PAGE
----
Culture certainly has an important role at the “responsivity” stage of the rehabilitation process. Even if culture’s only role in the desistance process is to enhance an individual’s engagement with a particular intervention, the inclusion of explicitly cultural concepts therefore remains worthy of investment. Enhanced engagement with one programme can make an individual more amenable to other therapeutic features which address criminogenic/personal needs, and more likely to respond to other rehabilitative/reintegrative interventions (Department of Corrections, 2017a). Increased engagement may also enhance an offending individual’s view of therapeutic staff as being more than simply “agents of the state”, by reframing them as health and care professionals with whom they can communicate their honest thoughts and feelings (Singer, Dressler, George, & NIH Expert Panel, 2016). What remains to be determined is how to disentangle culture as a purely responsivity-increasing factor from cultural aspects that may have a direct impact upon rehabilitation and subsequent desistance from crime. This will contribute to a better understanding of why evaluations of culturally-integrated interventions are not indicating a greater impact on recidivism than we might expect (Heffernan, MacKenzie, & Frawley, 2017).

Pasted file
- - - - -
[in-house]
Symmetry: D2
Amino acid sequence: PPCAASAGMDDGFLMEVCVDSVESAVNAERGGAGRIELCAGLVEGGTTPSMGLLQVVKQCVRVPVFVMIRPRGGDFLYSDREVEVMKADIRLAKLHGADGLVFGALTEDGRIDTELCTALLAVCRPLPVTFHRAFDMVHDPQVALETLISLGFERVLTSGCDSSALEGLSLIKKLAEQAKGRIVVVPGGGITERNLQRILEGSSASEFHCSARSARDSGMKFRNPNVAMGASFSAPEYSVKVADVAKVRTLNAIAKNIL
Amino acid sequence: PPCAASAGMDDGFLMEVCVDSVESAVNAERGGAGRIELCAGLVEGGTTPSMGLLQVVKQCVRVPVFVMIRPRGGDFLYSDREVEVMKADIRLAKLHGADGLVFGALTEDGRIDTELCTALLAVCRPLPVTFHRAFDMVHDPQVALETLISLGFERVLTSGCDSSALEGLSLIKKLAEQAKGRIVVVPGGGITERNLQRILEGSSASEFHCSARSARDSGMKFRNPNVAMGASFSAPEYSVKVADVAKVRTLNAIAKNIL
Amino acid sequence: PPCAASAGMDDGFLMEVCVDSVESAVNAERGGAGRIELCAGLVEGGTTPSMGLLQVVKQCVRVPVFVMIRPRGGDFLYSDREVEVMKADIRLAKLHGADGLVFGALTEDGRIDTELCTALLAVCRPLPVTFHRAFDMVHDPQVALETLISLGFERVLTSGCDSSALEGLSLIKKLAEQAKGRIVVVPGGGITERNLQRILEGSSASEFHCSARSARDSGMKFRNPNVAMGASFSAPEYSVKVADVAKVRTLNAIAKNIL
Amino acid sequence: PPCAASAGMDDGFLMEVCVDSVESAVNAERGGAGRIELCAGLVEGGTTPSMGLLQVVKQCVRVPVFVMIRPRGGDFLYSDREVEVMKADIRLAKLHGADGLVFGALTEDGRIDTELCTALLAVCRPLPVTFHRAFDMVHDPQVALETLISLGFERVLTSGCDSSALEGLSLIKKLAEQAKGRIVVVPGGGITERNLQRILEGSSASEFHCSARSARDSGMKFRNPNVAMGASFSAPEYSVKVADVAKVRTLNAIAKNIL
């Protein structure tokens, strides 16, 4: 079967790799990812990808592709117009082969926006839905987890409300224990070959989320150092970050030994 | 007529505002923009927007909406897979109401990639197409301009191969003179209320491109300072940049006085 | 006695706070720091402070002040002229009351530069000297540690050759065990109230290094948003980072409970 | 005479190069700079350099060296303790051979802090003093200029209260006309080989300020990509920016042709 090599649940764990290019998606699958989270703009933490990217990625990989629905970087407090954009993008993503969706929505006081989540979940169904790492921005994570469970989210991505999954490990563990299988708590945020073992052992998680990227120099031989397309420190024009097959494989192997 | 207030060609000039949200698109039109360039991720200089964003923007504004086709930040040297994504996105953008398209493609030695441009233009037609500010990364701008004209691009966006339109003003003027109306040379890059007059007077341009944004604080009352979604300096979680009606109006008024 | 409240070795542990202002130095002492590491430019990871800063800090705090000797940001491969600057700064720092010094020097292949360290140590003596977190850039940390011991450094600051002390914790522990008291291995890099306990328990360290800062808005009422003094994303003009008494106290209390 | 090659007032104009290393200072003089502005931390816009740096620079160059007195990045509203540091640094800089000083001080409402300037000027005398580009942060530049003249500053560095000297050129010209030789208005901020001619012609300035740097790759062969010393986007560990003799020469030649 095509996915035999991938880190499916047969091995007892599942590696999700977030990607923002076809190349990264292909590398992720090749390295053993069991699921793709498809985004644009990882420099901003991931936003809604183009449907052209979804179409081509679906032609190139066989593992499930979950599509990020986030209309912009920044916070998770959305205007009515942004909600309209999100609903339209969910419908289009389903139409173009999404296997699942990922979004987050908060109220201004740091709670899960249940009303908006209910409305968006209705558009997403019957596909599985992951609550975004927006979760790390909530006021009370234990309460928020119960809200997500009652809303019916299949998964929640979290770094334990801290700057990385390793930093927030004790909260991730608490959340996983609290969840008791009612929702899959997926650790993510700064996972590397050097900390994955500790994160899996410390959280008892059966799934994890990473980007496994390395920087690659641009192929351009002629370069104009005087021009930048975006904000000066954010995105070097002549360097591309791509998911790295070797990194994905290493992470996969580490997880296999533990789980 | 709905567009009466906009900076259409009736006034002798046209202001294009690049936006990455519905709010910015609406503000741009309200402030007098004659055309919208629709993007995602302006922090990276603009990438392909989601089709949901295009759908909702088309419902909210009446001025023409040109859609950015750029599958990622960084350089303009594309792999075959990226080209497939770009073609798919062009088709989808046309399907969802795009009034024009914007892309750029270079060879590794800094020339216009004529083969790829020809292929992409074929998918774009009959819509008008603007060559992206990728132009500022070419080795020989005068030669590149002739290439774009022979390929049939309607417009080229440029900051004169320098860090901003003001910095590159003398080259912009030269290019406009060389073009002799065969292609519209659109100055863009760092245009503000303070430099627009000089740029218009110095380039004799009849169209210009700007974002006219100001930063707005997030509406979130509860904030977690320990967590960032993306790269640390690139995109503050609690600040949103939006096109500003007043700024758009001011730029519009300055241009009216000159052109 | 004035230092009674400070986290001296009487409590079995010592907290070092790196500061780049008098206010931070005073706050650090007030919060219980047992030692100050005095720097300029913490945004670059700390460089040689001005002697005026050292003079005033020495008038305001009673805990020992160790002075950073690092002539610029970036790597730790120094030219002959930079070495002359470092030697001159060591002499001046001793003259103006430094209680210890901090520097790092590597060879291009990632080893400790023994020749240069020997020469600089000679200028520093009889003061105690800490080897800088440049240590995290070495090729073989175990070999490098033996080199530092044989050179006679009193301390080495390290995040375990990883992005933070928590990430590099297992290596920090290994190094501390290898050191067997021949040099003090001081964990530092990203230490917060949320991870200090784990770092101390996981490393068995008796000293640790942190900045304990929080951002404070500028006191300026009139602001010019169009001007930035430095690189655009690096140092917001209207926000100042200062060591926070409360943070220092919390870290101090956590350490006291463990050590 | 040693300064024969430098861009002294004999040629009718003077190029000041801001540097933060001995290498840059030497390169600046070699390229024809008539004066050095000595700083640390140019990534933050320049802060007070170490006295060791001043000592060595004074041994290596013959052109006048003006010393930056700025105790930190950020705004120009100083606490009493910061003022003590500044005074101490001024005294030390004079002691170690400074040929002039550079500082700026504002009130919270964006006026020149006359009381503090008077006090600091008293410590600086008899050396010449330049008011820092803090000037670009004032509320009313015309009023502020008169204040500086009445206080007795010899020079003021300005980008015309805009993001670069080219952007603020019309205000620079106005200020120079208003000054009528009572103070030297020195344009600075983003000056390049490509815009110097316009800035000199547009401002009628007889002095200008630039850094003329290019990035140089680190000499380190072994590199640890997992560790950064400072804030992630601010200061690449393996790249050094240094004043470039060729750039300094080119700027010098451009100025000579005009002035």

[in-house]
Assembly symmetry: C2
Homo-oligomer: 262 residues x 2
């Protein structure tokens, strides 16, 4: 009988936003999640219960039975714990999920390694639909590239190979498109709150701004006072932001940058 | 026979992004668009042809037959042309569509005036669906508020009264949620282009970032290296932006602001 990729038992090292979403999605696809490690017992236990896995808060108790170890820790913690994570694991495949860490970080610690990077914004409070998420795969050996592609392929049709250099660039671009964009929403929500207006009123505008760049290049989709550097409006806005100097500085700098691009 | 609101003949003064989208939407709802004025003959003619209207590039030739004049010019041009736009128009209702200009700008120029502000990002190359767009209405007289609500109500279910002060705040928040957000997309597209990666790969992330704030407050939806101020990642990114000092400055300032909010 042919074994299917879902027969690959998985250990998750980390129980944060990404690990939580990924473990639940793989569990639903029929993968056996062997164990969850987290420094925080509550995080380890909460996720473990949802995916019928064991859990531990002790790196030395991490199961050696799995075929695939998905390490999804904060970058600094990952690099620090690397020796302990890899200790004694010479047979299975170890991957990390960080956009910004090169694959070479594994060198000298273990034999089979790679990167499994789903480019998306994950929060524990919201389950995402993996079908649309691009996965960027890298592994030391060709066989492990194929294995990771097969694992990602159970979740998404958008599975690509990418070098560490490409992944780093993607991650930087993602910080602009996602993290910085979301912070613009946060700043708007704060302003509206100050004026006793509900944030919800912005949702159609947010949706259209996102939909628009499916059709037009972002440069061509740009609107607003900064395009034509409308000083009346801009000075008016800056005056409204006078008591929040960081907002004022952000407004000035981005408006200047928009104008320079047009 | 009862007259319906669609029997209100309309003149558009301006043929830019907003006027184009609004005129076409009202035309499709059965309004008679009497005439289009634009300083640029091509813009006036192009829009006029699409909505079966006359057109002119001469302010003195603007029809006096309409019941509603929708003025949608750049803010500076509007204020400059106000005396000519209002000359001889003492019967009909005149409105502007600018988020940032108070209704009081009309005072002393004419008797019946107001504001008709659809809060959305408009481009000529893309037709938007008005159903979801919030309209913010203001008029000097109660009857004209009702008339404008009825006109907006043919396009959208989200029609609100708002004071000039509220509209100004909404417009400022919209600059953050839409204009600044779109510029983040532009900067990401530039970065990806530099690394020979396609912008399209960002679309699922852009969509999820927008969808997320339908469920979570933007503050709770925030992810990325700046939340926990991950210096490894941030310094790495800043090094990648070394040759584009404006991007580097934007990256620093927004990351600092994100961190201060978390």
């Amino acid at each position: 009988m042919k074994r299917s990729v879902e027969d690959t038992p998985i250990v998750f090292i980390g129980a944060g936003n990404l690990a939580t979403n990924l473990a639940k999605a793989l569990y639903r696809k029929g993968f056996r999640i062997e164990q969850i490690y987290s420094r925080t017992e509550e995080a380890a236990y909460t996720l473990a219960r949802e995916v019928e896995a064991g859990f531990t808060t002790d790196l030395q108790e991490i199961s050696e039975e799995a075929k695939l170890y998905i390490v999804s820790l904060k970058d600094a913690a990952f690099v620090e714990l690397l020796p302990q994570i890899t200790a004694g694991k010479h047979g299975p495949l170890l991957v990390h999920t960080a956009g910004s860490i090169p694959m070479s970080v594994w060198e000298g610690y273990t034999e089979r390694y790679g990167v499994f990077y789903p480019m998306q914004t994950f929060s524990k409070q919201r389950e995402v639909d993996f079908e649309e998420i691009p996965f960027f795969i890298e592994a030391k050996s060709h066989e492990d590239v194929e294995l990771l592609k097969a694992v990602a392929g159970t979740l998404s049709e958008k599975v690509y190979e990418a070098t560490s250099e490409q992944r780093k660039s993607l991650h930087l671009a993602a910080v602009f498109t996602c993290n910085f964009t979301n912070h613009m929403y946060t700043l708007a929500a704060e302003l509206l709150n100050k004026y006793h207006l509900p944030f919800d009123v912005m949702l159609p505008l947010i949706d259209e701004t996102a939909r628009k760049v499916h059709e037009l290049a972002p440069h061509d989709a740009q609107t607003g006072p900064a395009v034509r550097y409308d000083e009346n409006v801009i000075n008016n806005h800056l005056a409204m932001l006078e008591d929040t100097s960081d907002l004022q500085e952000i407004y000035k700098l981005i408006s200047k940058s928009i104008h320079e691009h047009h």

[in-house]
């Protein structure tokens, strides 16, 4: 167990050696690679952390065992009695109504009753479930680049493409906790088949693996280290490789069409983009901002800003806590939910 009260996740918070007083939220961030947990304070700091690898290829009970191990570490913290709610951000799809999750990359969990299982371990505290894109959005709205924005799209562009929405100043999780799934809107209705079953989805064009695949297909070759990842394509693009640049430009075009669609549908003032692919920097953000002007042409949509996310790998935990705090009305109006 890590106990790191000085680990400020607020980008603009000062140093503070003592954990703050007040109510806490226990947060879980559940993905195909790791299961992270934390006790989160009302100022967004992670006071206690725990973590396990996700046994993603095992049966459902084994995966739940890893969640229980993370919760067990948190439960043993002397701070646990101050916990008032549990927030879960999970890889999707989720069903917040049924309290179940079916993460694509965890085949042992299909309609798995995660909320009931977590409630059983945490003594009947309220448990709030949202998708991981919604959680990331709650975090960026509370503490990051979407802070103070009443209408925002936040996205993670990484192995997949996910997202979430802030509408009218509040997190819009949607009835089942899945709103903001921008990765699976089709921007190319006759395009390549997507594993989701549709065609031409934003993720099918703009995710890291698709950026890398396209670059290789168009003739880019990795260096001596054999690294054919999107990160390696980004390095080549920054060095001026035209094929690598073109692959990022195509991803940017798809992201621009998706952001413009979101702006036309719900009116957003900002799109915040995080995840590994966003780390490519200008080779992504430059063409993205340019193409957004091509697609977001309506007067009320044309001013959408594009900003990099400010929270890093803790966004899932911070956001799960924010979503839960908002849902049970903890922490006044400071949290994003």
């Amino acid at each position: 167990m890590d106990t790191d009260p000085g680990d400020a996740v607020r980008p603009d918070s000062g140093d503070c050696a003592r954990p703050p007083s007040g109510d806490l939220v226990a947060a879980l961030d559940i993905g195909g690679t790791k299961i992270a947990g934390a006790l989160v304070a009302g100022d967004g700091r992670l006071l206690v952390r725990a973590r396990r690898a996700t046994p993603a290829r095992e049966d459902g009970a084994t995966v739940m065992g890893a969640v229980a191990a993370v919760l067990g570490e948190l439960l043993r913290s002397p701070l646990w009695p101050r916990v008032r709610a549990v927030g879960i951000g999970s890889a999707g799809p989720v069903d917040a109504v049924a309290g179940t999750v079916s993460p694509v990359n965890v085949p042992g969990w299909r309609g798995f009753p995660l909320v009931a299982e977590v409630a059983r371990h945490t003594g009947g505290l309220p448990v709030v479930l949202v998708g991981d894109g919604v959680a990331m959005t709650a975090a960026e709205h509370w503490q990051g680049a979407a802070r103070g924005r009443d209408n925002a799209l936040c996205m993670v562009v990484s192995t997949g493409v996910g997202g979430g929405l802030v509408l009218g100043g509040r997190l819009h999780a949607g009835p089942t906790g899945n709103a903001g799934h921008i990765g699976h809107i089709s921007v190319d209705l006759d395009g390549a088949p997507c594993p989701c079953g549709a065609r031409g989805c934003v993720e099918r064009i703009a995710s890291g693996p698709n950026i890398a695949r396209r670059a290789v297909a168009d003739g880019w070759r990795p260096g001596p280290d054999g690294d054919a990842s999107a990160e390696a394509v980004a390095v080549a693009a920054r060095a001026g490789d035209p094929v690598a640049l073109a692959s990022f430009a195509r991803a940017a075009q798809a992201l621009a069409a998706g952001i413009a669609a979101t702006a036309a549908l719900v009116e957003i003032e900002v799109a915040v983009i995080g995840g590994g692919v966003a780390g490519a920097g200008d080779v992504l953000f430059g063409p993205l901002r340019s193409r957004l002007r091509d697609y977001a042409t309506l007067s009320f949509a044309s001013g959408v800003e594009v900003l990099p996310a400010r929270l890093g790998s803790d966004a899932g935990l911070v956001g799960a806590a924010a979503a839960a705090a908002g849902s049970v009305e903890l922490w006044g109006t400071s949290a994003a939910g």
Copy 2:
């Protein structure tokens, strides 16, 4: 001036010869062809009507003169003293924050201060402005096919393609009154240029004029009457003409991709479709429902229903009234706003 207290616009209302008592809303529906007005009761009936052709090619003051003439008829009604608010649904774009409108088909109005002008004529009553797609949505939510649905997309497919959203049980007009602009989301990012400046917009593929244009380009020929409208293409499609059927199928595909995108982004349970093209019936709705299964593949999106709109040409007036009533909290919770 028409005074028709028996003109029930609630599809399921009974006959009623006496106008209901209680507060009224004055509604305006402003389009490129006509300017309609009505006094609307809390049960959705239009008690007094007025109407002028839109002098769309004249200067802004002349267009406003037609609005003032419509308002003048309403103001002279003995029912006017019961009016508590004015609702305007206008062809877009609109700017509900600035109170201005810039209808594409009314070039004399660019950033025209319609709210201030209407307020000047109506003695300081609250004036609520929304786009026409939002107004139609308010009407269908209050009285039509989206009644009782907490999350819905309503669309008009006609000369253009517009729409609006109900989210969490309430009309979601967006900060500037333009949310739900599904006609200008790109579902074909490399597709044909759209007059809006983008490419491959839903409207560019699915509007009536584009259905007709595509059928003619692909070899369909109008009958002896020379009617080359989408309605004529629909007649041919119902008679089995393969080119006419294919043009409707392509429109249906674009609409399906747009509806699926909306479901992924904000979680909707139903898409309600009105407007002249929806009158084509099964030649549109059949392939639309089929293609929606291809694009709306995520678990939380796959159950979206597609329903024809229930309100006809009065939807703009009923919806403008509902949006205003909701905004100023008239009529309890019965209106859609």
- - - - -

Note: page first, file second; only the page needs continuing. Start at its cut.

Modern cultural theorists have proposed that culture may play a more significant role in criminal desistance processes, which may provide a platform for ways through which correctional services may further realise the potential of these interventions. Glynn (2016) argues that offending individuals who belong to marginalised cultures need to be engaged in rehabilitation programmes that are intersectional (i.e. that recognise their unique, double-stigmatised position as criminal and culturally marginalised) in order to encourage the internal processes that lead to the decision to desist. Rehabilitation needs to support individuals in navigating their socio-cultural context, part of which involves increasing their social capital through skill development to overcome the impacts of belonging to a marginalised cultural group (Bracken, Deane, & Morrissette, 2009). In an Aotearoa New Zealand context, these ideas are applicable to more than just those who identify as tangata whenua. Culture is more than ethnicity, and therefore marginalisation can occur at different levels for different reasons. Corrections’ cultural interventions are open to offenders of all cultural backgrounds, and the culturally integrated nature of these programmes means they are suitable for a wide range of people.